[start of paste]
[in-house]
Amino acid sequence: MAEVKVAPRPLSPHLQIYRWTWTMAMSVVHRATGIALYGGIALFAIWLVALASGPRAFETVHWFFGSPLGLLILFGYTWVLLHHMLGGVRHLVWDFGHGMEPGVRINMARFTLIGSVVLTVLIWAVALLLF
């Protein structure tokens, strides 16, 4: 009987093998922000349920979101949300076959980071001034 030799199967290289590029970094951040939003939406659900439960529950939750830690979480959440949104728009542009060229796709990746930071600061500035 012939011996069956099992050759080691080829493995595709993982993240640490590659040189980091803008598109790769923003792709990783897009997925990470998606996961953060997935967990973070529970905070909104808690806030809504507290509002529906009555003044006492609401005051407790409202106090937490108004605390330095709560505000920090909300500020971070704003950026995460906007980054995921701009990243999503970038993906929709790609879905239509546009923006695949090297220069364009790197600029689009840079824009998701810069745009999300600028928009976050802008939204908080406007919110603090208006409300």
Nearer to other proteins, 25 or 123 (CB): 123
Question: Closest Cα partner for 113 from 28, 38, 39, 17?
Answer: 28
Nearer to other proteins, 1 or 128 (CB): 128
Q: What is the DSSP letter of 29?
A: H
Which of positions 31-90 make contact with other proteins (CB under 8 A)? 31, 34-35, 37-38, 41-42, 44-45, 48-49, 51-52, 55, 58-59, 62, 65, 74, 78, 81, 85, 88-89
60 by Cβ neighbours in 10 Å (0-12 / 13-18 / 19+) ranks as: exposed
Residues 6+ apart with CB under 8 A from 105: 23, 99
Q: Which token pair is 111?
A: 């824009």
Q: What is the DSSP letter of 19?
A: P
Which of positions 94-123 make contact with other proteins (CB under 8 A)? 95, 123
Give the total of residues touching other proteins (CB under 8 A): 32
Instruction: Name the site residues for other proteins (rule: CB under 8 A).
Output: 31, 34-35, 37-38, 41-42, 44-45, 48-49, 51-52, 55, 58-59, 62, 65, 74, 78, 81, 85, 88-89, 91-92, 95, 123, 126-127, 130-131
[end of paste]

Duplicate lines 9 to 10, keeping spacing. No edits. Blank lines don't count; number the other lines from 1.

A: H
Which of positions 31-90 make contact with other proteins (CB under 8 A)? 31, 34-35, 37-38, 41-42, 44-45, 48-49, 51-52, 55, 58-59, 62, 65, 74, 78, 81, 85, 88-89